Soft Tissue Injuries
We all know that taking steps to prevent injury such as warm ups, stretching and proper strapping helps to reduce the possibility of incurring an injury in sport and our day-to-day activities. However, it’s an unfortunate reality that sometimes soft tissue injuries do occur.
Therefore, it’s important to understand the initial treatment of soft tissue injuries to prevent further injury and to promote a full and speedy recovery.
First of all, what is soft tissue?
Soft tissue is the name of the tissues that surround, connect and support other areas of the body, and include muscles, tendons, ligaments and nerves, among other things. Soft tissue is comprised of bands of special fibres and each of these has their own distinct function including
- Muscles – which are responsible to providing movement of a joint. They are comprised of fibres that shorten and lengthen, and are attached to the bodies bones by tendons.
- Tendons – which are slightly elastic tissues that connect bones to muscles. They are reasonably tough, but can be torn.
- Ligaments – which connect bone to bones; they are strong but not very elasticated.
Sprains and strains are two of the most common soft tissue injuries that occur.
Strains occur when a tendon or muscle is damaged, and sprains involve injury (usually small tears) to the ligaments. While the degree of injury that the tissue suffers will affect the overall treatment, early medical intervention is important in preventing prolonged pain or further injury.
Soft tissue damage can occur over time, or following a specific incident. In the latter instance, the signs of an injury will be reasonably clear; pain, swelling and the inability to use the joint properly are pretty good indications.
Immediately after receiving a soft tissue injury it’s good practice to follow the principles of RICER.
- R- Rest. This is important immediately following, and for several days (or weeks) after your injury. Don’t do anything that causes the site pain, as you could risk doing more damage to the area.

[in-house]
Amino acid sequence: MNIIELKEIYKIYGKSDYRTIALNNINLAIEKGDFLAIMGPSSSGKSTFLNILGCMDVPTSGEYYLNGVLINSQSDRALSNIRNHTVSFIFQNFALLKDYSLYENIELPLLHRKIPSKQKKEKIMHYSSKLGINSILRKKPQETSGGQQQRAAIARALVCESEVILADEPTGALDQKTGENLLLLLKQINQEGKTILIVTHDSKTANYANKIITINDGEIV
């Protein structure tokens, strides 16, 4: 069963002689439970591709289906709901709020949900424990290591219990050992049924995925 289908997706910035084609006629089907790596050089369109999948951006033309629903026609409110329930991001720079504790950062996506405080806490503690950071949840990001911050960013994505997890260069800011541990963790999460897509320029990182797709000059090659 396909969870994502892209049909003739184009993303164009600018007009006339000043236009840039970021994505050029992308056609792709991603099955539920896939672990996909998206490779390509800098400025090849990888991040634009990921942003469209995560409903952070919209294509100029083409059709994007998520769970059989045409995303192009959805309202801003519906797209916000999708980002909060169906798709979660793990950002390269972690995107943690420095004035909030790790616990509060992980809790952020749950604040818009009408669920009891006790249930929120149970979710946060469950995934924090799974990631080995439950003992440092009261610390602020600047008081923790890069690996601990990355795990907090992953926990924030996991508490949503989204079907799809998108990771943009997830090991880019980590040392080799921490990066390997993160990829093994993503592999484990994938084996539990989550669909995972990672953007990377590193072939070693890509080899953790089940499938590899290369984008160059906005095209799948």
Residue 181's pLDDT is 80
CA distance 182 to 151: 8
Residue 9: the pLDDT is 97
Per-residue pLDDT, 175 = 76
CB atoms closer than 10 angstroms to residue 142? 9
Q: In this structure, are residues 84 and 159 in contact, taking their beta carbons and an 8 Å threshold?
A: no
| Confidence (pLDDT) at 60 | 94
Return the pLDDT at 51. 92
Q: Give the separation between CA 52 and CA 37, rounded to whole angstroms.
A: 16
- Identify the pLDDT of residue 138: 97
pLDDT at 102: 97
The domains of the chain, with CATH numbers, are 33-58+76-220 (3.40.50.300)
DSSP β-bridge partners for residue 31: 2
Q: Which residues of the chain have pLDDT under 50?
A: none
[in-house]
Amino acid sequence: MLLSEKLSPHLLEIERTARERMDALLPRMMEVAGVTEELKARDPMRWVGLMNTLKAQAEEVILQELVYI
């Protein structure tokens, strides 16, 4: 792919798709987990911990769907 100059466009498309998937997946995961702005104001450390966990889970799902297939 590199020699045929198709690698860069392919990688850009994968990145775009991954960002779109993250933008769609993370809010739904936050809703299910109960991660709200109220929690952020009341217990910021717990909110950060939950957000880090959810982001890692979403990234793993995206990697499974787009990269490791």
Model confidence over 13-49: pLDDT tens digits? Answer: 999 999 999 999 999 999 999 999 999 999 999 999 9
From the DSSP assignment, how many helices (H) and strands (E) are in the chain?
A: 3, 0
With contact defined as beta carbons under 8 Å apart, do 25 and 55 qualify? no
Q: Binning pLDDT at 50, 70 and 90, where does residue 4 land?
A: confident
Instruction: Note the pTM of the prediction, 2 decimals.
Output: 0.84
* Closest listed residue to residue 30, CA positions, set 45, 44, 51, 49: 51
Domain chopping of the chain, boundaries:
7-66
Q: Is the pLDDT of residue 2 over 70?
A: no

- I- Ice. Applications of ice packs for 15 minutes every two to three hours in the first three days after a soft tissue injury, helps reduce swelling and subsequently pain. Be careful not to leave the pack on for longer than 20 minutes at a time, as doing so may result in nerve damage. Avoid heat packs at this time, as they can encourage further bleeding.
- C- Compression. If possible, apply a compression bandage immediately after the injury occurs. Compression reduces swelling and bleeding, and helps to support the area while new scar tissue is being formed.
- E- Elevation. If possible, elevate the injured limb to above the height of your heart if it is safe to do so. Elevation is simply the process of using gravity to try and reduce swelling.
- R- Referral. See a medical professional. It is important to seek medical care following a soft tissue injury to rule out the possibility of fracture, or other injury.
Dependent on the severity of your injury, your age, health, fitness and previous injury you should expect to recover from a soft tissue injury within 1 to 6 weeks.
For moderate to severe soft tissue injuries or recurring injuries it is recommended to consult your physiotherapist who may provide you with a range of treatment options including exercise and stretching programs, manipulative therapy, massage therapy or even dry-needling depending on your specific injury and your personal needs.